Nick (chuck Trippier in and he’ll get both) J
If VAR is wrong, I don’t want to be right
In what’s probably a first, I’m going to have to thoroughly disagree with John Nicholson. The game needs technology. Correct decisions need to be made. If it’s via the ref in real time or via VAR, then so be it.
I used to be of the opinion that if the vast majority of the ball was over the line then it’s a goal, but goal line technology determined that a Liverpool shot against City was 11mm short. A goal that would have most likely handed Liverpool the league.
If embracing technology to prevent that scenario is wrong, I don’t want to be right.
Big D, Luxembourg
…know there has been plenty said on this subject already, but here goes, I might get shot down. I am in favour of VAR, if we get more correct decisions, then it is a good thing. Here we go……
VAR was introduced to help eradicate clear and obvious errors, but if it takes 3-4 minutes to decide if the decision is correct or to correct it, then it is not a clear and obvious error. We want to keep the spontaneity in football, but that just isn’t going to happen the way we are currently using it. If there was a time limit, of lets say 1 minute, to decide if there is a clear reason to overturn the on pitch decision, we would solve some of the current complaints about the time taken, I also think it brings it back to the spirit of why we introduced it. As an example, when the ball hit Chilwell on the back, it was clear quickly it wasn’t a penalty – if it had been given, it would have been quickly overturned as a clear and obvious error. Lingard’s goal required stop-start footage, lines across the pitch and lots of back and forth to see the precise moment the ball was kicked to determine a marginal off-side call, that even the Dutch defenders called and then accepted quickly – not a clear and obvious error. I’m not for a second saying that the wrong call was made, just that it wasn’t in the spirit of the game.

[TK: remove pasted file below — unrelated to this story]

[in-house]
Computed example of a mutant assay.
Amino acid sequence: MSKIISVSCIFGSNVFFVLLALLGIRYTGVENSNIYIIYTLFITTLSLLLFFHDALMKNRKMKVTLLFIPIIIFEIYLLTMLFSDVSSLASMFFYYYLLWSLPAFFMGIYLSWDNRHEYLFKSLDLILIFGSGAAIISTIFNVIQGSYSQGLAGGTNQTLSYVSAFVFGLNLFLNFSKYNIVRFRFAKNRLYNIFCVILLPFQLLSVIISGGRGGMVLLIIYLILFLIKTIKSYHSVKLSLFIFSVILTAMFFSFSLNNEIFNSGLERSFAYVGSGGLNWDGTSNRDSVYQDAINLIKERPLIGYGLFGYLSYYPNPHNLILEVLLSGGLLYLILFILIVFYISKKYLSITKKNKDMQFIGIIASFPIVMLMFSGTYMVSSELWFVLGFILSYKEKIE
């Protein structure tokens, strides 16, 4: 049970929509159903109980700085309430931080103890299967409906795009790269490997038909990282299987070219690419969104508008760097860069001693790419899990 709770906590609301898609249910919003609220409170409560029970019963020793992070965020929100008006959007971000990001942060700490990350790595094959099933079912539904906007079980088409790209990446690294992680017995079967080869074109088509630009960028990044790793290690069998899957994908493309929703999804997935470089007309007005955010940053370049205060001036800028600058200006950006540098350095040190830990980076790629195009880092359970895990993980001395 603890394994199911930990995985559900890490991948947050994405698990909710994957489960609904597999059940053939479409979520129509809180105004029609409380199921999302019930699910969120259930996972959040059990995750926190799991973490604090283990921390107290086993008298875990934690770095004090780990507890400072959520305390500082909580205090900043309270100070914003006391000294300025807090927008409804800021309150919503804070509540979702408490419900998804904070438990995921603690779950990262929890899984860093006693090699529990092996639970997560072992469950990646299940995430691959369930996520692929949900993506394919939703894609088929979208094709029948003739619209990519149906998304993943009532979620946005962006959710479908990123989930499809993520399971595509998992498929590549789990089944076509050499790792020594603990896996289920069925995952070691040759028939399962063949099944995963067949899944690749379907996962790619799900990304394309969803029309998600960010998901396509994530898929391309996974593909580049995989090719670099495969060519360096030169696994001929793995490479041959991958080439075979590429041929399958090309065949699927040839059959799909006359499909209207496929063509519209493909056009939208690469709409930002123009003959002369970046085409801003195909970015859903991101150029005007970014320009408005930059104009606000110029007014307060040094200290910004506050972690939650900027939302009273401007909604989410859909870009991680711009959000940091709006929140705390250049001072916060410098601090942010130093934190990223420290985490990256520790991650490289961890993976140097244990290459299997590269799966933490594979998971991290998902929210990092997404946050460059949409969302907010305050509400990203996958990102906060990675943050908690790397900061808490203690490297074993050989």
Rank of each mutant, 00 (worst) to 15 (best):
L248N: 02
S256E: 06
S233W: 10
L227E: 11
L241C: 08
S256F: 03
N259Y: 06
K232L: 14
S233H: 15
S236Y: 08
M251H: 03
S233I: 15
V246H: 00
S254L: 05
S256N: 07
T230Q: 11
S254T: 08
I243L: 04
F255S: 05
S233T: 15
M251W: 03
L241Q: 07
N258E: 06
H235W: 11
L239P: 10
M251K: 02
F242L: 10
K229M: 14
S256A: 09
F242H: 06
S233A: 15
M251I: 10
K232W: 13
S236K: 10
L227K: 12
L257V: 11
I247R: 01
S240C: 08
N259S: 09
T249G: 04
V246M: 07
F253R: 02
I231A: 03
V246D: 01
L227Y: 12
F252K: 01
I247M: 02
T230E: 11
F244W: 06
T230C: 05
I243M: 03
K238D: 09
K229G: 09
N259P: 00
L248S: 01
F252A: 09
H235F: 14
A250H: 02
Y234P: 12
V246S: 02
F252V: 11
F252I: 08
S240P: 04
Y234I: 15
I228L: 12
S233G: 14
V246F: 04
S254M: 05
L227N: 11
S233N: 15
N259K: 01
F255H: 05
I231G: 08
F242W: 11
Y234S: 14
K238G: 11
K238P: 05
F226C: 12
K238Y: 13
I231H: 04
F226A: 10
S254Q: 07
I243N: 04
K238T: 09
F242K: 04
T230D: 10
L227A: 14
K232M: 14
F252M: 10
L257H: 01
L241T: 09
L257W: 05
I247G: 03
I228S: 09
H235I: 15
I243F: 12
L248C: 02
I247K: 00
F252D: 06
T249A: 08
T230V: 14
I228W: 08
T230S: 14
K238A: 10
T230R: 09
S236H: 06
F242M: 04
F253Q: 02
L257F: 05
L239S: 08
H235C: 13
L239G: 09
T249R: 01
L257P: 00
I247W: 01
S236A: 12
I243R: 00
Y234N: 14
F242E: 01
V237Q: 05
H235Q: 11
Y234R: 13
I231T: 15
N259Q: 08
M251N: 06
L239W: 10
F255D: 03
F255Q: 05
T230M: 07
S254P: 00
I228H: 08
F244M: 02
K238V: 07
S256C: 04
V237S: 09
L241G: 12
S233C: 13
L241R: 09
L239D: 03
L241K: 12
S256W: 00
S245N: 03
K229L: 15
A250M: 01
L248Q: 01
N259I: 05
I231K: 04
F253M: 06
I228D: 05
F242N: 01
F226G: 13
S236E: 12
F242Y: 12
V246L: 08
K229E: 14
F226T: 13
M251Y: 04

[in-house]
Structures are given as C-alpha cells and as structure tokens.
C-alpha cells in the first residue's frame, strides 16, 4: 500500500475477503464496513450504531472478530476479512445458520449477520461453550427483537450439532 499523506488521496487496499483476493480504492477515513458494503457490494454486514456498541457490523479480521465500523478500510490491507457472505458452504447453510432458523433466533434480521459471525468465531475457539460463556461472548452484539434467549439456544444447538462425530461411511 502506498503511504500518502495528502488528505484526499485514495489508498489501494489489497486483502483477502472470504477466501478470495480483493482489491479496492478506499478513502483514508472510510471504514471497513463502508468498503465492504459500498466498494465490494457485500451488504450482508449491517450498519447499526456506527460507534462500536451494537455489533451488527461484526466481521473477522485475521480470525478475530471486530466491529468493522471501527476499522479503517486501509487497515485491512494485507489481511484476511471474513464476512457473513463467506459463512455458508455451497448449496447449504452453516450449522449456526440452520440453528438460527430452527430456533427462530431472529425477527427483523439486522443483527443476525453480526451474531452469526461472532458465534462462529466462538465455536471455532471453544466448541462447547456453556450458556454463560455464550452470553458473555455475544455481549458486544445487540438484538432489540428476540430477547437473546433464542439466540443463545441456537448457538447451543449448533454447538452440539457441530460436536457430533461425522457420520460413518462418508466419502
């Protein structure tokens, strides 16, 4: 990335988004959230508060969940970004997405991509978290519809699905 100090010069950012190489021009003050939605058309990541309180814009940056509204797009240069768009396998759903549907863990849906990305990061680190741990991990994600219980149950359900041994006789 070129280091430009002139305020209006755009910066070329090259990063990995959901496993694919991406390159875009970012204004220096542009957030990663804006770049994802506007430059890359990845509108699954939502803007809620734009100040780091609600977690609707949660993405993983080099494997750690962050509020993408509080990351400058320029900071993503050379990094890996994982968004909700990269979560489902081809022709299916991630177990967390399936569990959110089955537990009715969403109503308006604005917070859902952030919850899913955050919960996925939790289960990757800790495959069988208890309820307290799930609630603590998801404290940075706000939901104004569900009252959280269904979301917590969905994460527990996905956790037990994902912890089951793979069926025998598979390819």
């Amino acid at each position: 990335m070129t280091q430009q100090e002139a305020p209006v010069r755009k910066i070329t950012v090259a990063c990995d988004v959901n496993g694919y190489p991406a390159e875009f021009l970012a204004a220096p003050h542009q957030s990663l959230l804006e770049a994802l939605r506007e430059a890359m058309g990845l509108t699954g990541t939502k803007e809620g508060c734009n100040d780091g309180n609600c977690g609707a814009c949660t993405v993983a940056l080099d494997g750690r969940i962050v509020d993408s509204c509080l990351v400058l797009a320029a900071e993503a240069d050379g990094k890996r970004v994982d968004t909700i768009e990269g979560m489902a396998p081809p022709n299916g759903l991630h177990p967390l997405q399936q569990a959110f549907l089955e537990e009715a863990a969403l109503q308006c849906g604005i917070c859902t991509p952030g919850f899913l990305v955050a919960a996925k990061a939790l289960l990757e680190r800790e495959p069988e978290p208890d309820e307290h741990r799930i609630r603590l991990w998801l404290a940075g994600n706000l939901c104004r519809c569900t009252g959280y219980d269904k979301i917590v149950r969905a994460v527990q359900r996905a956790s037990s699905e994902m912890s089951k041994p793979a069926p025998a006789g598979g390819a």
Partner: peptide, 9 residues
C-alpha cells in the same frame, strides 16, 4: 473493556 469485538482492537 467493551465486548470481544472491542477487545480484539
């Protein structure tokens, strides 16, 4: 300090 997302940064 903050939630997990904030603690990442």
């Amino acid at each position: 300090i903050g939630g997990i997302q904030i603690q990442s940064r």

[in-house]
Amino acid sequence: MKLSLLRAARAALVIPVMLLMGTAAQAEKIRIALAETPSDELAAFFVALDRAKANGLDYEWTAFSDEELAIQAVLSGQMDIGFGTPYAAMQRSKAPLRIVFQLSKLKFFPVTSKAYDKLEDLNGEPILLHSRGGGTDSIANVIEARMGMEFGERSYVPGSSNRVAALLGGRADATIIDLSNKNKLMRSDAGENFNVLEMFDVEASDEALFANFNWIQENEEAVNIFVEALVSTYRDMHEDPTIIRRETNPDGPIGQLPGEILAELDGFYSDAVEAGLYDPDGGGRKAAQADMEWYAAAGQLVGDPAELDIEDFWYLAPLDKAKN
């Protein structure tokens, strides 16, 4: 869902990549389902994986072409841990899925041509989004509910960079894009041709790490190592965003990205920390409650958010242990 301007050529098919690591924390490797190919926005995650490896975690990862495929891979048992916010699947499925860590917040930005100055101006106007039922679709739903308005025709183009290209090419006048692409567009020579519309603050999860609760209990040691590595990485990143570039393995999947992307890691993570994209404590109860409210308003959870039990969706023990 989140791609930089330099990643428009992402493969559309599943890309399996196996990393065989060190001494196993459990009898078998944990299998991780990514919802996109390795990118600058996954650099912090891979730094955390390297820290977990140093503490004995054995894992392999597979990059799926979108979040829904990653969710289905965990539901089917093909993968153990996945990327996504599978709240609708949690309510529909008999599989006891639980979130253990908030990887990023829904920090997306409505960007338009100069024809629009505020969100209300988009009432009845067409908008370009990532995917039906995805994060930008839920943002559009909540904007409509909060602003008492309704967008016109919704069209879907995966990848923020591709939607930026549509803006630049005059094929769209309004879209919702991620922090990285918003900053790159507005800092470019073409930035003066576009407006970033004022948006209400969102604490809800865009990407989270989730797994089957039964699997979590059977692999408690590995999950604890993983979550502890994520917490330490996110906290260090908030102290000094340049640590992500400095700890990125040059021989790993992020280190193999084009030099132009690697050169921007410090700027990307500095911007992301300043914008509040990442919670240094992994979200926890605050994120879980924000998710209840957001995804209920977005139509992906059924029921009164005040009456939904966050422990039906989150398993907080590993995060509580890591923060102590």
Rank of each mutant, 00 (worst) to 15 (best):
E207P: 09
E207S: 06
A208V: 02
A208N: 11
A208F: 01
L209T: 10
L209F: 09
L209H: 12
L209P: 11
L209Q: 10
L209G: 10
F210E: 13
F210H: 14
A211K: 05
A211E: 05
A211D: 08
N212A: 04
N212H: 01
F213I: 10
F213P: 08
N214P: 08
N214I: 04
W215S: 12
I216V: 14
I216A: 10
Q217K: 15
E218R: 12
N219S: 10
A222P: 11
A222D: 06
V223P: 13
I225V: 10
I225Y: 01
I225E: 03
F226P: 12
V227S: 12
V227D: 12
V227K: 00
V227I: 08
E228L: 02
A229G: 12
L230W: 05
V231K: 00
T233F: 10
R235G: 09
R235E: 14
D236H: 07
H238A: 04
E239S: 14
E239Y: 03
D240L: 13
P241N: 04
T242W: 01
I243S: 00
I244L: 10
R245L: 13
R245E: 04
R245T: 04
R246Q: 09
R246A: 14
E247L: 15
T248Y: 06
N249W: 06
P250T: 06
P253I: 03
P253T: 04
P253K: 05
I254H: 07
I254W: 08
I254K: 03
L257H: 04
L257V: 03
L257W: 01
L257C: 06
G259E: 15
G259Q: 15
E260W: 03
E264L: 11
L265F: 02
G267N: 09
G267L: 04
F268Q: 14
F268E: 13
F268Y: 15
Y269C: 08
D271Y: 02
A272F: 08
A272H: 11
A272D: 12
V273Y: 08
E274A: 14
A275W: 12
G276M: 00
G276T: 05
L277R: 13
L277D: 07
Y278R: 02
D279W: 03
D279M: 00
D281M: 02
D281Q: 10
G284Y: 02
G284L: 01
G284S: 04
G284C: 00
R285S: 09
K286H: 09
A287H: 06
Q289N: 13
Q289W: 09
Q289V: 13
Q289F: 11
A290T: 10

As decisions are subjective, we will never agree on every decision, but that’s part of what we want, it’s the decisions that are obviously errors we want rid of. Close calls are part of the fabric and we generally accept that. In cricket, the third umpire has to have clear reason not to stick with the on-field decision (which is the default option), surely there are guidelines that can be drawn up? The only one I can think of is the time limit, with the default of sticking with the on-field decision unless we can clearly see that something has happened that requires the decision to be overturned. Naturally there needs to be help from the TV companies to ensure swift replays are available.
In short, we’ll never go back to not having VAR, but there is no reason why we can’t have a clearer methodology in the decision making process. I never berated a bad call from a referee, if I could understand how the decision was arrived at. With clearer guidelines that are well known and publicised, we will be able to better understand our game. We can still debate, argue and banter with each other until our hearts are content.
Gary Clarke, Chelsea Fan, Bedford.
…There’s nothing wrong with mathematics in sport, just see how Duckworth-Lewis, the most mathematical of mathematics in sport has changed the farcical into the fair. VAR seems to be one of those many things that divide opinion but it shouldn’t have to. Johnny Nics article further exasperates this into a black and white issue but ignores that there might be a happy compromise as other sports have discovered.